In 1994, the Life Foundation forced the Venom symbiote to spawn again — in quintuplicate. The result was five more symbiotes, named Agony, Lasher, Phage, Riot and Scream. In 2008, in an origin so brain-mushingly convoluted I will not dare summarize it, another Venom spawn became Anti-Venom — a symbiote with all the usual shapeshifting and Spider-powers, but also lethal to the other symbiotes.
I don't own that miniseries in my Spidey collection (though I do own the Birth of Venom compilation), but I think this just repeats the aforementioned confusion. As I said, the Life Foundation didn't officially come about until later.

And the article even proceeds - sans objectivity - to demonstrate how Venom's become way overused since the mid-2000s, the admittal of 2008's convolution notwithstanding:
And in between, came “Planet of Symbiotes” (2005), a five-part story where we met an entire race of symbiotes, now called Klyntar. Because why stop with a handful of Venom-like characters, when you can have an endless supply from outer space? Think of the sales, man!

Along the way — more than 150 issues of various series and miniseries, as well as virtual co-star status in Spider-Man comics in the ’90s — Venom has been both a good guy and a bad guy, and a few things in between. The original symbiote has bonded with lots of other people besides Brock and Parker, including Brock’s ex-wife, Spider-villain Mac “Scorpion” Gargan and mobster Angelo Fortunato. For a while the symbiote’s host was longtime Spider-Man supporting character and Vietnam veteran Eugene “Flash” Thompson, who used the symbiote powers for the U.S. military as “Agent Venom.”

And what super-character worth his salt has never been cloned? “None” is the correct answer, which is why a character named Mania was cloned from Venom’s severed tongue (2003). Yes, you can say “yuk” again.

The Venom story has continued to grow — some would say “fester” — with a variety of new series in 2018:

The new “Venom” ongoing has introduced the “god of the Symbiotes,” created an origin of the Klyntar species, re-written the history of The Celestials and created something called the Necrosword. It’s a huge, sprawling, cosmic-horror background that will inform the character’s stories going forward.

The recent “Web of Venom: Ve’Nam” one-shot includes not only the worst Vietnam pun you’ve ever heard, but a Klyntar ancestor recruited by a young Nick Fury to fight the Viet Cong. That resulted in a Wolverine appearance, because Wolverine is required, by law, to appear whenever possible in a Marvel comic book. (Well, it sure seems like it.)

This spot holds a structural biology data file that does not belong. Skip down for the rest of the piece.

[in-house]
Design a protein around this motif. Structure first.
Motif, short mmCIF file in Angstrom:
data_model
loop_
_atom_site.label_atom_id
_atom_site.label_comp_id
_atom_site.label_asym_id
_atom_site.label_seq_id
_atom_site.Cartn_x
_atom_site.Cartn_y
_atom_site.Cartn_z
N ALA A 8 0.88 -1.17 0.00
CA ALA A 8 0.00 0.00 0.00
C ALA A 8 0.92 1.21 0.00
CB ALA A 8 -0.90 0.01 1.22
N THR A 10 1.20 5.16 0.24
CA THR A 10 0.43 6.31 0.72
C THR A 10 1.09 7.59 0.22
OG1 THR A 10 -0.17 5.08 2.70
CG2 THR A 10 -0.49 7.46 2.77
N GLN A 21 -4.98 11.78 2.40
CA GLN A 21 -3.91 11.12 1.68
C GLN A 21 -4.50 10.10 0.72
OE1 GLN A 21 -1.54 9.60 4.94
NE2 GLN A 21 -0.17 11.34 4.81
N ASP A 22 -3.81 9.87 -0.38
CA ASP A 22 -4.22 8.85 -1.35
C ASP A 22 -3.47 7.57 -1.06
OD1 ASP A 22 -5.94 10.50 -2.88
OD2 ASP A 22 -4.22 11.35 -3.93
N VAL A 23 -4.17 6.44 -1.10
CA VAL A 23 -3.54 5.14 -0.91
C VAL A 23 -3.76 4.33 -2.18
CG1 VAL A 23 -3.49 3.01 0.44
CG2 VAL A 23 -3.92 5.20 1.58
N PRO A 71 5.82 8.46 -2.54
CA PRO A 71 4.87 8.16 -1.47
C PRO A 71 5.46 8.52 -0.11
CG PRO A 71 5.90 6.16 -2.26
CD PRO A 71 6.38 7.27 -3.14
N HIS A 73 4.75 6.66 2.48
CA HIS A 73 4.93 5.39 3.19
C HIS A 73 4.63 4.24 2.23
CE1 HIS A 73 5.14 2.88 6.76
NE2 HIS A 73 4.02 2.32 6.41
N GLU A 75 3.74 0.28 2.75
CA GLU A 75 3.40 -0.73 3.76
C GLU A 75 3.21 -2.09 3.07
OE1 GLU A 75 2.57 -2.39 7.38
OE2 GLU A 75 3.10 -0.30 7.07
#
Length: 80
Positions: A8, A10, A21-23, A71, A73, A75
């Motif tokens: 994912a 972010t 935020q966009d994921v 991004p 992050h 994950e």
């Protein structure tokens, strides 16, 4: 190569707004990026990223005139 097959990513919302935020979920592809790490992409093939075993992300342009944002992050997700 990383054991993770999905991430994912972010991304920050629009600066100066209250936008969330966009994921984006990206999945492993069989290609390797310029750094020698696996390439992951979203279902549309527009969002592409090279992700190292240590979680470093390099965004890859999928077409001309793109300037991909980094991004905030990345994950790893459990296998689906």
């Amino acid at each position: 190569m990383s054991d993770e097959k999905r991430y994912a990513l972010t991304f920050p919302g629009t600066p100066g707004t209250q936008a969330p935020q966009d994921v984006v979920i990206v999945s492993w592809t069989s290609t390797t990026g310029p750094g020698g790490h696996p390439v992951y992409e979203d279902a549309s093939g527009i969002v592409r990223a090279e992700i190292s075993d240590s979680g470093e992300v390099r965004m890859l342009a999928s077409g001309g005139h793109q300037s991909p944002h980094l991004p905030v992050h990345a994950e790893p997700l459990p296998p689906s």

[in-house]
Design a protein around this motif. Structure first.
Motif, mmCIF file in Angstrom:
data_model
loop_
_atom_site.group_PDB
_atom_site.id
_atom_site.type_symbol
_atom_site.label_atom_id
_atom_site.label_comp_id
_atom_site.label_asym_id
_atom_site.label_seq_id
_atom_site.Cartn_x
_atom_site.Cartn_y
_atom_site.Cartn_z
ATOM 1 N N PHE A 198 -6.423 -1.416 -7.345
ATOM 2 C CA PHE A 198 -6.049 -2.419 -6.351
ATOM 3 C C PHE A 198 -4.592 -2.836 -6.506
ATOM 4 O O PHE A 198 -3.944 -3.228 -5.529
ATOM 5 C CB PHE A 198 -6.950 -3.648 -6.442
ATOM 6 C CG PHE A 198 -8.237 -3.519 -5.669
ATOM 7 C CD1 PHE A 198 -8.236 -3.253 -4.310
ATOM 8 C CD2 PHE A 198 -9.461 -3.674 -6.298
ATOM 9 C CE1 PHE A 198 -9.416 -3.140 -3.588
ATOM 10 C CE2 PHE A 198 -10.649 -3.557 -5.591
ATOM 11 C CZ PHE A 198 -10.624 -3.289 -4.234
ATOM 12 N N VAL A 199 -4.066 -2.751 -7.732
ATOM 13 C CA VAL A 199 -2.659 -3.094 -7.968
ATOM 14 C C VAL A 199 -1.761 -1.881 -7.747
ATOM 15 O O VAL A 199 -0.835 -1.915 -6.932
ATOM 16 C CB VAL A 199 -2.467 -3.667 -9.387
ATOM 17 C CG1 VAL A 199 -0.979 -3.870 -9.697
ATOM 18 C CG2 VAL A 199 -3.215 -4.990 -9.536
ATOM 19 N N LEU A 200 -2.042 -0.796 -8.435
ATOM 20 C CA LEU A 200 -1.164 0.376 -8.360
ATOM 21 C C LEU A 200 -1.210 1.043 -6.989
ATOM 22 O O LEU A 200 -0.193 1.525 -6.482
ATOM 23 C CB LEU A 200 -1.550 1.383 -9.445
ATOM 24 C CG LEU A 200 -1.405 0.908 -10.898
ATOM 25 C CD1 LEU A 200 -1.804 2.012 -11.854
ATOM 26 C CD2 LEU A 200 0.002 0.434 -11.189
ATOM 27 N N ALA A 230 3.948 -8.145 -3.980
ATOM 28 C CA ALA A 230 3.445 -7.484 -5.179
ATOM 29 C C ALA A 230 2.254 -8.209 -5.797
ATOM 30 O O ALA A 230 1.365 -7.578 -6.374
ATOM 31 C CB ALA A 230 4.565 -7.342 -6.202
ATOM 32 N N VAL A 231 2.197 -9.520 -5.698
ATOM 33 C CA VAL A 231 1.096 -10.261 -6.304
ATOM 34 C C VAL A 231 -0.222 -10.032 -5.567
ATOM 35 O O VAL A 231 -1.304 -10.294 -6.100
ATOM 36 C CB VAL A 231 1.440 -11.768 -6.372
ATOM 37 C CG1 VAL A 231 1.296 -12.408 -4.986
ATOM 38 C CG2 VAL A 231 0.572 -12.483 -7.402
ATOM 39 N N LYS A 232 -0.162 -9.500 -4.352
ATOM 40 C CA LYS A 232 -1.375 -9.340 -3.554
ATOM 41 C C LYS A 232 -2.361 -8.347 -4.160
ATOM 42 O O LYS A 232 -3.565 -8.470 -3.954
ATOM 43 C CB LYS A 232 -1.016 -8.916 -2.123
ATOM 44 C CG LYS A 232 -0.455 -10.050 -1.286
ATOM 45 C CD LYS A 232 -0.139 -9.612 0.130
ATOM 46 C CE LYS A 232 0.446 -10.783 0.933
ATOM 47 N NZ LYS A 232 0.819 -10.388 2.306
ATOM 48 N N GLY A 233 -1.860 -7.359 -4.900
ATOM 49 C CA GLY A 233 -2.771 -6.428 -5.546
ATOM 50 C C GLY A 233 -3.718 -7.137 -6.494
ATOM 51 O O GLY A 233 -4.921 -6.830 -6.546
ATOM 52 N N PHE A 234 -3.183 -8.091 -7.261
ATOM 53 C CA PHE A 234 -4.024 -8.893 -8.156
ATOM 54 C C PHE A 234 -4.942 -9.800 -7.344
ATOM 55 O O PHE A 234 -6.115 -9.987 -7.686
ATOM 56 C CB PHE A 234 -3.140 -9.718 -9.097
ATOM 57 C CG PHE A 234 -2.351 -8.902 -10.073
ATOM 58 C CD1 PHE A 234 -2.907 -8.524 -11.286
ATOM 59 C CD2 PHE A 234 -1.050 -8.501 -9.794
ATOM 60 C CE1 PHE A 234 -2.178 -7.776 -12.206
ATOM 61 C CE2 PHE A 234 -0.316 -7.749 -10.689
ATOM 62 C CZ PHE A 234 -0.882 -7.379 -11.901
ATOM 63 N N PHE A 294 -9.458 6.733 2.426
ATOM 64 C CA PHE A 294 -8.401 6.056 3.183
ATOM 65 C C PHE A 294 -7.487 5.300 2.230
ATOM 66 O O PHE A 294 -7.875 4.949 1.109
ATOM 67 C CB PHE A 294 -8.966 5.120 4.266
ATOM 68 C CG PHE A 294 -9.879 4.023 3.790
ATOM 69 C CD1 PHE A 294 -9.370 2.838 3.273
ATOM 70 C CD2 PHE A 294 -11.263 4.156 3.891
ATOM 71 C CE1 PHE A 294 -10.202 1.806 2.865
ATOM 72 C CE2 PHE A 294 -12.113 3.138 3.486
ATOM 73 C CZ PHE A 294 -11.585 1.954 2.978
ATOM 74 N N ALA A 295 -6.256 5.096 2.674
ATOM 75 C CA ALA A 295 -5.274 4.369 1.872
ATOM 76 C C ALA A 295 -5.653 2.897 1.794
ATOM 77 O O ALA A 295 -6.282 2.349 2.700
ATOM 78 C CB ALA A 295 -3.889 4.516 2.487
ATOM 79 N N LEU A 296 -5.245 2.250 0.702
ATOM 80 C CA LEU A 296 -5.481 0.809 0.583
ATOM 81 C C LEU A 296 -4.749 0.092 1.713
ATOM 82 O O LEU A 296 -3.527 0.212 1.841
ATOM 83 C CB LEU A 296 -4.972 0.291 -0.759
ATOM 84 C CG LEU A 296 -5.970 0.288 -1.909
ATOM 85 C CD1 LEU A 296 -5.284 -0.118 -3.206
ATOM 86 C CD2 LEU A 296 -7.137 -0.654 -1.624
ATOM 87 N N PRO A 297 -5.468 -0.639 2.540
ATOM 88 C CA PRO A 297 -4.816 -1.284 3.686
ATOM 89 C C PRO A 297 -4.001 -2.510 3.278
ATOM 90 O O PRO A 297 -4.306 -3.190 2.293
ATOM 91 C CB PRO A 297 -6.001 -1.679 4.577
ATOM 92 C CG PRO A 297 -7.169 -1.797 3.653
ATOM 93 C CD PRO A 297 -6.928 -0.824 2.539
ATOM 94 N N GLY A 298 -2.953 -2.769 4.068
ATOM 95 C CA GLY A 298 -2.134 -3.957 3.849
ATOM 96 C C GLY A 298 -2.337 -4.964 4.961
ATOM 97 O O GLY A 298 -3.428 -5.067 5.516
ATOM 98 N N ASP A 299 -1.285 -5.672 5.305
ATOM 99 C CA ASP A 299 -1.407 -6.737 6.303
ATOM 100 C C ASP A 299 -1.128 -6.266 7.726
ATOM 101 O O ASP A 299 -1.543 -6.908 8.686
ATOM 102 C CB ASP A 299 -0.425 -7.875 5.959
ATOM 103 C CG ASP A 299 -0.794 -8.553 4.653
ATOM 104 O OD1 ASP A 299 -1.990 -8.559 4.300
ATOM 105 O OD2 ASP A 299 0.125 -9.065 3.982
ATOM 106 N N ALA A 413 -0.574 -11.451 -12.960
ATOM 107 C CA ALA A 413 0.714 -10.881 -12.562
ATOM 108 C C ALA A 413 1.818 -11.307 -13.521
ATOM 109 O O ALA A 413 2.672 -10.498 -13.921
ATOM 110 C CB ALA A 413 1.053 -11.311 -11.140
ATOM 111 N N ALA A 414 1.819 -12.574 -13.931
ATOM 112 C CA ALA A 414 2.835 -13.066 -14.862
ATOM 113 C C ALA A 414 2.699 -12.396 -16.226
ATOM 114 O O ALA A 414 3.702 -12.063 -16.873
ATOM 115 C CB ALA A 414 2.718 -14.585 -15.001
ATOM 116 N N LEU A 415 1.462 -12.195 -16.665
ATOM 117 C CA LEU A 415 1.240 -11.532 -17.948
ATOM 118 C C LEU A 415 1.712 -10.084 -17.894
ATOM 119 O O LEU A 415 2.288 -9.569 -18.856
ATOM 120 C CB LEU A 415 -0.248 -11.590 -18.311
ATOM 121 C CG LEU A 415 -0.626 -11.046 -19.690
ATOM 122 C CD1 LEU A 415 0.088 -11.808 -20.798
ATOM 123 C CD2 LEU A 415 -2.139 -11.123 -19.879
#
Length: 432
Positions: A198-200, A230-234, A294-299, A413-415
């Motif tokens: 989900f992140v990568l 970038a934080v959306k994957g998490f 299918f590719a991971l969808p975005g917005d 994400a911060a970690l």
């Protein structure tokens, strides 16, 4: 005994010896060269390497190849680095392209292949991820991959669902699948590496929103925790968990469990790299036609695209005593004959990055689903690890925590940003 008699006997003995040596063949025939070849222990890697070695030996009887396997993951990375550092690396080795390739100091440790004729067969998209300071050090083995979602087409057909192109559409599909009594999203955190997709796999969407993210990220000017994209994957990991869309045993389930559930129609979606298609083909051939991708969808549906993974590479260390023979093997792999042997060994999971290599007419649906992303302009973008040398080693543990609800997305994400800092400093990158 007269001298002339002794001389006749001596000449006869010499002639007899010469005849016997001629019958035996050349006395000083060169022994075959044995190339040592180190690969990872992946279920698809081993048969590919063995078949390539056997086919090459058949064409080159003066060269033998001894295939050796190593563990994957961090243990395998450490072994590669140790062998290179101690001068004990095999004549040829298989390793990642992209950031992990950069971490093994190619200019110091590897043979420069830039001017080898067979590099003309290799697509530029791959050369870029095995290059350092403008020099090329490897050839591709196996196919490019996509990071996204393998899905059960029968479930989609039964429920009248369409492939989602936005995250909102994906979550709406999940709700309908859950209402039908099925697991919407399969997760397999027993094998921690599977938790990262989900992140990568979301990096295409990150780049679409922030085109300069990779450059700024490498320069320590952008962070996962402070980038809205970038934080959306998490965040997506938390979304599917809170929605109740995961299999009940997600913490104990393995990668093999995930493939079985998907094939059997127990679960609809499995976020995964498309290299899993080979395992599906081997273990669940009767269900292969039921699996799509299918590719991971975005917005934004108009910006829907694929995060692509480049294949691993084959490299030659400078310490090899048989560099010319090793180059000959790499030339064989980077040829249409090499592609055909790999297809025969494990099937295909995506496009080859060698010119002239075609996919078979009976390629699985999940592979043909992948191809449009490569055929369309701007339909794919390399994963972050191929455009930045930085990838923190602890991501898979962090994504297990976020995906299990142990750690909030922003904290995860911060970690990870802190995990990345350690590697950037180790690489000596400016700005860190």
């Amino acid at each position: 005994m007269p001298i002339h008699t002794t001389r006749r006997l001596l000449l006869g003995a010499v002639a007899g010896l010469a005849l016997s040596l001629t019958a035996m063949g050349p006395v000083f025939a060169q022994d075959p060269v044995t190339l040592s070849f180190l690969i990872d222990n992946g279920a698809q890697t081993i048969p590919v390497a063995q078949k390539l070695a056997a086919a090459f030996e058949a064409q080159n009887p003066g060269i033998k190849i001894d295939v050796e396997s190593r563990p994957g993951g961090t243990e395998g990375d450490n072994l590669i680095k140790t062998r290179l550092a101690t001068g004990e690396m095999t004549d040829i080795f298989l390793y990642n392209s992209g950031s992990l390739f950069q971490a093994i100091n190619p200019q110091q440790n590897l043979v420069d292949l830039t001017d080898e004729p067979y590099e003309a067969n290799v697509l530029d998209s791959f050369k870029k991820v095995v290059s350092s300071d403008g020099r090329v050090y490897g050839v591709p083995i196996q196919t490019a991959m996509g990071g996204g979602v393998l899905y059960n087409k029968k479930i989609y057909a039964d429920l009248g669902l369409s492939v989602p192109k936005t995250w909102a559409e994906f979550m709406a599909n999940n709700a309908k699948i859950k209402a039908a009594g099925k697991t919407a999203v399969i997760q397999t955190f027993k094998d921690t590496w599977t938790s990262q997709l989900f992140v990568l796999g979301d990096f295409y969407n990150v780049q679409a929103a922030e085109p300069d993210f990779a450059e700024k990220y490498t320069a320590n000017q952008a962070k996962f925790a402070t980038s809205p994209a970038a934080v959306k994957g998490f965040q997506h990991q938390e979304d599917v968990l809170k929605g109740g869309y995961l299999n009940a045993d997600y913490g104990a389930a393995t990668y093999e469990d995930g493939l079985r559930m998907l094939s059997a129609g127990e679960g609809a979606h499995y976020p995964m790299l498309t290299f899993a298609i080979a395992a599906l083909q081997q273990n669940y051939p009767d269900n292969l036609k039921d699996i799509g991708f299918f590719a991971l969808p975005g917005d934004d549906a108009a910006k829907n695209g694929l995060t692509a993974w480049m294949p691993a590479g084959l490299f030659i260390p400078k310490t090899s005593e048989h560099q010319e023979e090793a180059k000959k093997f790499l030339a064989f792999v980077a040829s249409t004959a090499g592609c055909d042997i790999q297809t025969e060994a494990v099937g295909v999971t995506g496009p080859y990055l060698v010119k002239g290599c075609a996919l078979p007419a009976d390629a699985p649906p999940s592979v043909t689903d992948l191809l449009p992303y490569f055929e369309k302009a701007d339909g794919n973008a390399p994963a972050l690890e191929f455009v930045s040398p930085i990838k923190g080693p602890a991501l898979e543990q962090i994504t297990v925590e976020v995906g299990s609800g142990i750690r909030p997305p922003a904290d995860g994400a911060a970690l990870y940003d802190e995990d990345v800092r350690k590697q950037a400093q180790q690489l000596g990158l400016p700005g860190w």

The new “Venom: First Host” miniseries reveals some of the Venom symbiote’s pre-Secret Wars history. It involves a Kree warrior named Tel-Kar, who has returned for his old symbiote buddy.
Oh, that's all we need. Even to the point where they make it sound like the symbiote was never a concoction of the Beyonder's machinations per se in Secret Wars, but rather, had something to do with Mar-Vell's society. And they even retcon the Celestials' history to justify more of this theater of the absurd. Honestly, I think, much like DC did with the Joker in past decades, Marvel's overused Venom to boot, and in a pretty short amount of time. As the sugary article also hints, it's the same with Wolverine, who became pretty overused, particularly when Brian Bendis was writing the Avengers, and even Spider-Man was brought in, proving they couldn't sell the books he wrote with their own regular cast members, continuity be damned.

Anyway, this article certainly doesn't do much for anybody looking for a more accurate description of Venom's origins, and because of Quesada's continuing disrespect for fandom, I just feel too discouraged to check out the movie with Hardy.

Update: and wouldn't you know it, the movie's been largely panned by critics anyway, so I guess I'm not missing anything. Just another attempt by the studio to take a concept and milk it for all its worth without putting too much thought into what would make it work properly as an entertainment vehicle.

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Counter-review here: https://www.deviantart.com/devilkais/journal/VENOM-2018-OUR-REVIEW-768331220